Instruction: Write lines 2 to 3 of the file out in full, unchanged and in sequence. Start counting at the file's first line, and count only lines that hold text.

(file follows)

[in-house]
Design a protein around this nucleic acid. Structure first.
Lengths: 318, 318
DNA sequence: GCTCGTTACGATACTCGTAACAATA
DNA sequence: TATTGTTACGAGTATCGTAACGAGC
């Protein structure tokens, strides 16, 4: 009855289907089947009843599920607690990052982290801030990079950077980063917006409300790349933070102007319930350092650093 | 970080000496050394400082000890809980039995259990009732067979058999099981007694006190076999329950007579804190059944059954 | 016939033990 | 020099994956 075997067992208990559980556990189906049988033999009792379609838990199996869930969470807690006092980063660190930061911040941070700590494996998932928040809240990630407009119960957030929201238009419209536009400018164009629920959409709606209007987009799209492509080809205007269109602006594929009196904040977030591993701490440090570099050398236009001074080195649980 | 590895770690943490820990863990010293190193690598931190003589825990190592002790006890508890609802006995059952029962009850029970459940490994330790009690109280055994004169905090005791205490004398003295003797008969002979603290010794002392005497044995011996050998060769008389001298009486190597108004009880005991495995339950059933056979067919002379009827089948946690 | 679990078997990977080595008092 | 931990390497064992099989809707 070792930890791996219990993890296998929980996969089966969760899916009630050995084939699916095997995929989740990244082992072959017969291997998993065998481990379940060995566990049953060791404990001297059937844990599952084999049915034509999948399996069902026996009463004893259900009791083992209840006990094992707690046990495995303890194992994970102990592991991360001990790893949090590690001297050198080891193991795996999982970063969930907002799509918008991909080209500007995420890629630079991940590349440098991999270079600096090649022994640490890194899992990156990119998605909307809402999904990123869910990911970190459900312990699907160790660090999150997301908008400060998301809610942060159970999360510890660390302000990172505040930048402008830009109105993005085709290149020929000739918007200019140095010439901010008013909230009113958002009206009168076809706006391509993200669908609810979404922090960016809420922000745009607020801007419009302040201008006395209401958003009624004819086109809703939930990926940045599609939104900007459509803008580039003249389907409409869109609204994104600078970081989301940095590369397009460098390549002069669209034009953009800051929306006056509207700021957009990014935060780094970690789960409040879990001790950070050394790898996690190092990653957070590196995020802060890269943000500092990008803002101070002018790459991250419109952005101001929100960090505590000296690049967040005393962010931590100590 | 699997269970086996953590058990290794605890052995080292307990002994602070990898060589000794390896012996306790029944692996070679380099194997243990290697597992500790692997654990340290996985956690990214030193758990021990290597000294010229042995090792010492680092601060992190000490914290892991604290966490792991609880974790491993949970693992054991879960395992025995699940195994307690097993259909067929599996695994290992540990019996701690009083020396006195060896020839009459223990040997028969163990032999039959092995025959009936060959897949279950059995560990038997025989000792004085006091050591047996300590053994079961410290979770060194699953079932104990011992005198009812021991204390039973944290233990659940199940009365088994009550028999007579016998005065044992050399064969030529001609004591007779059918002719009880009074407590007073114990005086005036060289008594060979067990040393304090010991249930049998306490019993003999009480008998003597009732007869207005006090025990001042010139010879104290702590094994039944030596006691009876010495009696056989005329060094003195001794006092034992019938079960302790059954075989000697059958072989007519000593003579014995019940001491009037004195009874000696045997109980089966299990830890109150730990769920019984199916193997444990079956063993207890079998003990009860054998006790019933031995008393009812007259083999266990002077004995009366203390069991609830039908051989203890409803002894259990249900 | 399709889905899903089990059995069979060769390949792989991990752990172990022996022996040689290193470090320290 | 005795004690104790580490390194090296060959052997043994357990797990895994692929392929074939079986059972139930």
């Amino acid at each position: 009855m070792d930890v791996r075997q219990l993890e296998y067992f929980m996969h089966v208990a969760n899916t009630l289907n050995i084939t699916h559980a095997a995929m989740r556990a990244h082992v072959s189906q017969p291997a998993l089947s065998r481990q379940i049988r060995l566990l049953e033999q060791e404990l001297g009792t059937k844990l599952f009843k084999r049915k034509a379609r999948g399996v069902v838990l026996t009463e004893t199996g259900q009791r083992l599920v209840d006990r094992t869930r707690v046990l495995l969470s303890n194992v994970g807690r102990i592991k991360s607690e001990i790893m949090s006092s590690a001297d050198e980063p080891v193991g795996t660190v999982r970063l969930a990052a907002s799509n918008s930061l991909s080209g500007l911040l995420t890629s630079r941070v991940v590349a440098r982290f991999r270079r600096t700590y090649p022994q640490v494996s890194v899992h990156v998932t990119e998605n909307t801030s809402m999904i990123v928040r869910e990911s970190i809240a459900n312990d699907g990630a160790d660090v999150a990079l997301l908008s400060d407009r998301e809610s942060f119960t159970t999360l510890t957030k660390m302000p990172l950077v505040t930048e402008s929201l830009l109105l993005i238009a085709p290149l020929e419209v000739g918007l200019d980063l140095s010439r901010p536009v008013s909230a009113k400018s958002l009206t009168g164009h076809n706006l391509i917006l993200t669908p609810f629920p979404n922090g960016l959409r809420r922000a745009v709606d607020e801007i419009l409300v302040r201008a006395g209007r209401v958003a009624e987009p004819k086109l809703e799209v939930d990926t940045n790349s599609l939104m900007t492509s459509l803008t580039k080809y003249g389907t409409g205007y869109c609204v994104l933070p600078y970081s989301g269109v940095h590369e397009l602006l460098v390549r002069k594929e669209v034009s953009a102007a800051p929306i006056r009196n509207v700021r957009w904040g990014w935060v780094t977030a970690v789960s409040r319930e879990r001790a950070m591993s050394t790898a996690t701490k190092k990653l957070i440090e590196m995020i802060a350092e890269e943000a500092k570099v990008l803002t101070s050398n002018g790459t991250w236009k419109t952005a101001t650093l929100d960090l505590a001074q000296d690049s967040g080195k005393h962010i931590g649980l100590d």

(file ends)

Design a protein around this nucleic acid. Structure first.
Lengths: 318, 318